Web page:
Some of us hope audits never come, but when it comes to a brand audit, it could be a good thing for your organization. For this month’s eTip, we interviewed Cinnamon Perryman, a consultant with extensive experience in brand and integrated marketing management, on the subject of brand audit.
BMC: How long have your been in brand management and how did you get started?
Perryman: I’ve been focused on brand management for over 15 years. The path was progressive – having started my career learning the brand management tools of message development, competitive positioning, campaign creation, public relations, internal communications, web development and event management. After gaining expertise in the tools, I was able to evaluate and combine communication components to strategically position a brand.
BMC: What is a brand audit?
Perryman: I’m sure there are thousands of technical and scholarly definitions; however, I like to make things very straightforward and simple. Thus, my definition for a brand audit is “the evaluation of a brand in delivering its intended message to its intended audience within an intended time period.”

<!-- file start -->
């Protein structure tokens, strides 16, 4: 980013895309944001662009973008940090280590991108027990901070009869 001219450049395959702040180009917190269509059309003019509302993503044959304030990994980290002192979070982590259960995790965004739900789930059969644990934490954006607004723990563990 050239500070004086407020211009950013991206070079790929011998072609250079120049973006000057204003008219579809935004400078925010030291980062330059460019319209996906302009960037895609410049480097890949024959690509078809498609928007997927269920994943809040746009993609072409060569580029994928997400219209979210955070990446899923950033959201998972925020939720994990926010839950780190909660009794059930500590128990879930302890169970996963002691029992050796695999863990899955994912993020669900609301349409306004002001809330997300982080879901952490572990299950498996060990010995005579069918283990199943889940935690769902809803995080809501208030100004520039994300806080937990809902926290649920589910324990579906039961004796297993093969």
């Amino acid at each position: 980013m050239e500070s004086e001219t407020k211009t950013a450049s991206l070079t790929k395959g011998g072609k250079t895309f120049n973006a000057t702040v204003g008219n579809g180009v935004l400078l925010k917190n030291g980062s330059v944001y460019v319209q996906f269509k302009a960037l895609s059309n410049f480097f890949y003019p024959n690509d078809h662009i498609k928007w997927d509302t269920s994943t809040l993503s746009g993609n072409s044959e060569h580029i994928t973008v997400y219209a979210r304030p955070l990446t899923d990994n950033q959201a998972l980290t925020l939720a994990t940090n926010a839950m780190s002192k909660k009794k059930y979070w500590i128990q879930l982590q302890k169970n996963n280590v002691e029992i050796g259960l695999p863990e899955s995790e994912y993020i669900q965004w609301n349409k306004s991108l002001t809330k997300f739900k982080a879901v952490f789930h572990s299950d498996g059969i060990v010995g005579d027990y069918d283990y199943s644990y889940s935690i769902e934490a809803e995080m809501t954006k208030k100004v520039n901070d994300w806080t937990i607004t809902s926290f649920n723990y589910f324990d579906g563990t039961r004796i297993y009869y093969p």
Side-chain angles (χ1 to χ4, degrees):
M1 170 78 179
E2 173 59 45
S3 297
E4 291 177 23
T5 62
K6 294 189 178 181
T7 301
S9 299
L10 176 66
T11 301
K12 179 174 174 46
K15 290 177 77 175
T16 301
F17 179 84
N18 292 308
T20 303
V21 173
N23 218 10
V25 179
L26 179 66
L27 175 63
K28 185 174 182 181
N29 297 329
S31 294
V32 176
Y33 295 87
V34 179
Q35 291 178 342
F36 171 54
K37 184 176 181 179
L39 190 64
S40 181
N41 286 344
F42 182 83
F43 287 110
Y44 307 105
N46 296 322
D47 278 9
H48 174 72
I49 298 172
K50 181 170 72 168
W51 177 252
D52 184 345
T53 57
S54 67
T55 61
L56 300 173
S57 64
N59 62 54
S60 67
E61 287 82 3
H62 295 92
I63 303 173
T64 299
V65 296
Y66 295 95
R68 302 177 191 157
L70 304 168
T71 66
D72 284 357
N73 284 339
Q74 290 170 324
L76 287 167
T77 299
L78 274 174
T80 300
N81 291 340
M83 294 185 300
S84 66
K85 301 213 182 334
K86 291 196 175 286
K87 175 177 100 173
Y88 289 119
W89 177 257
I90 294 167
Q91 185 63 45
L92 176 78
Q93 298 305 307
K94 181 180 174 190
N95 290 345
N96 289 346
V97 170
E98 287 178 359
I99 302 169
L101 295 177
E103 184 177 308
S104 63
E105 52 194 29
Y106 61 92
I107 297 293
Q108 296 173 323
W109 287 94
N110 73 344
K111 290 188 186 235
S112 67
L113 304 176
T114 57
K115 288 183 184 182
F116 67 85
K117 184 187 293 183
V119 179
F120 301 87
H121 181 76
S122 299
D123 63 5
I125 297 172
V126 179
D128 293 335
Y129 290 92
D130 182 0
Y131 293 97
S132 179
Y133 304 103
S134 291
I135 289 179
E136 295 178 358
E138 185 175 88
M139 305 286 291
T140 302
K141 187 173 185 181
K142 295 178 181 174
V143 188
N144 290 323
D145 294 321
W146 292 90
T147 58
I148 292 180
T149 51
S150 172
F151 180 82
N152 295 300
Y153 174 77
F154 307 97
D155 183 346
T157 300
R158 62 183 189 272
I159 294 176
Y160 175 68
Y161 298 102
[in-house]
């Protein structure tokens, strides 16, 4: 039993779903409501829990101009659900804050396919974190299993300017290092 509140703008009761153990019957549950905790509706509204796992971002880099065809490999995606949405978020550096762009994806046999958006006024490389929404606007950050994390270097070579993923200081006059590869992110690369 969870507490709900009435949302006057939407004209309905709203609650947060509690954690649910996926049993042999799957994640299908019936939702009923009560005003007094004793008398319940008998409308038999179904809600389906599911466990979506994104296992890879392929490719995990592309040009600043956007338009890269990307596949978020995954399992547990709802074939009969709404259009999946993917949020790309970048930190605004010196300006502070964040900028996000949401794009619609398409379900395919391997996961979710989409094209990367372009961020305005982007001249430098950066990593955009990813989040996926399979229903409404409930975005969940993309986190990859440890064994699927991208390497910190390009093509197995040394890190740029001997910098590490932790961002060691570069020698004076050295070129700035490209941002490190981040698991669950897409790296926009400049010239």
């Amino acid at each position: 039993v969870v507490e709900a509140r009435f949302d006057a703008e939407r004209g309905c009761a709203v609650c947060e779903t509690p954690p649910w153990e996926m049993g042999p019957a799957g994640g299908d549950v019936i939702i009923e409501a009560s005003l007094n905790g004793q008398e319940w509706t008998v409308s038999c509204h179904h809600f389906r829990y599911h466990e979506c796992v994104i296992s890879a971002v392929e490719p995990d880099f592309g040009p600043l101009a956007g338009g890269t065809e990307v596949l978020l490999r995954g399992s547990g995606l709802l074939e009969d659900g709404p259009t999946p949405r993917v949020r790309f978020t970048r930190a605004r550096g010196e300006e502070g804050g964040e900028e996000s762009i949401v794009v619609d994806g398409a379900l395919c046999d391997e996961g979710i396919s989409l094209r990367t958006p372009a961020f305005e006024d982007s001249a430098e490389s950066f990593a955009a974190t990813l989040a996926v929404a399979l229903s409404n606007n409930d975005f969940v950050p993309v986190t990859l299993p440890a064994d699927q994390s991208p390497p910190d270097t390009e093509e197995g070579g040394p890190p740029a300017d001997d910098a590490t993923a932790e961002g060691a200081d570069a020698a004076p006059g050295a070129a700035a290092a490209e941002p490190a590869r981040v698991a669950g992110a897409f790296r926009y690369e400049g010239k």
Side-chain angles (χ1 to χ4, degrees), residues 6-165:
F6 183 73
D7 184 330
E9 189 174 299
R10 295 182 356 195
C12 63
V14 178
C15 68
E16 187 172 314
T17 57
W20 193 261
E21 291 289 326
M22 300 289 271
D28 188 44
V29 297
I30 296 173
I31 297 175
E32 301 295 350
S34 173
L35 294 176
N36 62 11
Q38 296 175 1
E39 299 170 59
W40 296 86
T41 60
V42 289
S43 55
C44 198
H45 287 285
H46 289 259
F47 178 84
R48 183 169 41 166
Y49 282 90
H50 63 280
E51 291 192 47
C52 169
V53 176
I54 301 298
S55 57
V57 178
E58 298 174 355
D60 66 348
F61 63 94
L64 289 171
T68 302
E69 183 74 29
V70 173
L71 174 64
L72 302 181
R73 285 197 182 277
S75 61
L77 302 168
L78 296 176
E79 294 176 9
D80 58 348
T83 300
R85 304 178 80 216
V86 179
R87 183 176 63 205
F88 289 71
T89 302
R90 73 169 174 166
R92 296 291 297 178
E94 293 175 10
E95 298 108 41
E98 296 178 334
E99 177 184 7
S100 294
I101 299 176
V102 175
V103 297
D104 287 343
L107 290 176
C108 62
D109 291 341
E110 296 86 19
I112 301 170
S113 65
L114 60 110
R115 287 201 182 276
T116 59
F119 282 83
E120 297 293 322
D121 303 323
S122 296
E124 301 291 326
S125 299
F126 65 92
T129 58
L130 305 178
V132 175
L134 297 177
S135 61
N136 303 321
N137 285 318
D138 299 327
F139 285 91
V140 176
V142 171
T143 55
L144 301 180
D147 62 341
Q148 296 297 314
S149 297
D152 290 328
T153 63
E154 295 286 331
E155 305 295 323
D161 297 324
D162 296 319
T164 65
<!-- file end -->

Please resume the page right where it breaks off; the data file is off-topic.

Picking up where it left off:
BMC: How can a brand audit impact a company and at what point should a company consider a brand audit?
Perryman: A brand audit can greatly impact a corporate communication plan and should be considered – at minimum – during each budget cycle and during periods of significant marketplace change (new competitors, new market segments, new channels, etc.)
BMC: What are the 3 most common mistakes you've seen companies make when it comes to a brand audit?
Perryman: One, brand auditors need to ask the right questions of the right people. If you want to know why declining customer satisfaction is affecting your brand credibility, then engage the customer directly and specifically. Two, brand auditors need the freedom to investigate and report what they find without repercussion. Corporate leadership shouldn’t kill their messenger! Three, brand auditors need to focus on achievable results when scoping a brand audit project. Brand audits can be time consuming, extensive and expensive or, tightly managed, they can be quick, relevant and affordable.
BMC: Last words of wisdom in regard to a brand audit
Perryman: Your organization has a brand identity – and that brand identity is created and managed by you or by your marketplace. Conduct a brand audit to see who’s controlling your brand. The results might surprise you.
After a strong corporate career – one that included two global brand launches and their supporting campaigns – Cinnamon Perryman now leverages those experiences to assist others with brand and integrated marketing management. She can be reached at email@example.com.